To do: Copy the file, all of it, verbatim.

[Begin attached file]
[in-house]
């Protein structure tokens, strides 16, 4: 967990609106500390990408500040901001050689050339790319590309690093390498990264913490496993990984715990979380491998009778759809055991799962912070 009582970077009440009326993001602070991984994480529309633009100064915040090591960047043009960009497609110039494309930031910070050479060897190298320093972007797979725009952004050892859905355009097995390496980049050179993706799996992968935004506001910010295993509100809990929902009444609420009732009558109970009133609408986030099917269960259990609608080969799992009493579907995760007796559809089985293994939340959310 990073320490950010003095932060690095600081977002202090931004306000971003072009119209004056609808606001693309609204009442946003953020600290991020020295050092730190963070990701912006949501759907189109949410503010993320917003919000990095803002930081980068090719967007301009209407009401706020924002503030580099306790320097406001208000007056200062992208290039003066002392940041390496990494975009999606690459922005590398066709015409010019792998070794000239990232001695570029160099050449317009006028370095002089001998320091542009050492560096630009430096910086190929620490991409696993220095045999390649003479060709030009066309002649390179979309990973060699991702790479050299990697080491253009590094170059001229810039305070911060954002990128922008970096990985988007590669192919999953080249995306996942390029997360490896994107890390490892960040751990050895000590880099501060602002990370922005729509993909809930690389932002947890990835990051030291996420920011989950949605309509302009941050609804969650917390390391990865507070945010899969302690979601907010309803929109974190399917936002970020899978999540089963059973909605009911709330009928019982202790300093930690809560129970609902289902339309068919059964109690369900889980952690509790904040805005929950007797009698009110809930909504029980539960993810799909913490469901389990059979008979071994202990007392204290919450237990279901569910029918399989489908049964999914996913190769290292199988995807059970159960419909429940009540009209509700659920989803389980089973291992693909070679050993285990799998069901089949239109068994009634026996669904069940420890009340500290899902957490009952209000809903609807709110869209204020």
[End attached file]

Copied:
[in-house]
């Protein structure tokens, strides 16, 4: 967990609106500390990408500040901001050689050339790319590309690093390498990264913490496993990984715990979380491998009778759809055991799962912070 009582970077009440009326993001602070991984994480529309633009100064915040090591960047043009960009497609110039494309930031910070050479060897190298320093972007797979725009952004050892859905355009097995390496980049050179993706799996992968935004506001910010295993509100809990929902009444609420009732009558109970009133609408986030099917269960259990609608080969799992009493579907995760007796559809089985293994939340959310 990073320490950010003095932060690095600081977002202090931004306000971003072009119209004056609808606001693309609204009442946003953020600290991020020295050092730190963070990701912006949501759907189109949410503010993320917003919000990095803002930081980068090719967007301009209407009401706020924002503030580099306790320097406001208000007056200062992208290039003066002392940041390496990494975009999606690459922005590398066709015409010019792998070794000239990232001695570029160099050449317009006028370095002089001998320091542009050492560096630009430096910086190929620490991409696993220095045999390649003479060709030009066309002649390179979309990973060699991702790479050299990697080491253009590094170059001229810039305070911060954002990128922008970096990985988007590669192919999953080249995306996942390029997360490896994107890390490892960040751990050895000590880099501060602002990370922005729509993909809930690389932002947890990835990051030291996420920011989950949605309509302009941050609804969650917390390391990865507070945010899969302690979601907010309803929109974190399917936002970020899978999540089963059973909605009911709330009928019982202790300093930690809560129970609902289902339309068919059964109690369900889980952690509790904040805005929950007797009698009110809930909504029980539960993810799909913490469901389990059979008979071994202990007392204290919450237990279901569910029918399989489908049964999914996913190769290292199988995807059970159960419909429940009540009209509700659920989803389980089973291992693909070679050993285990799998069901089949239109068994009634026996669904069940420890009340500290899902957490009952209000809903609807709110869209204020």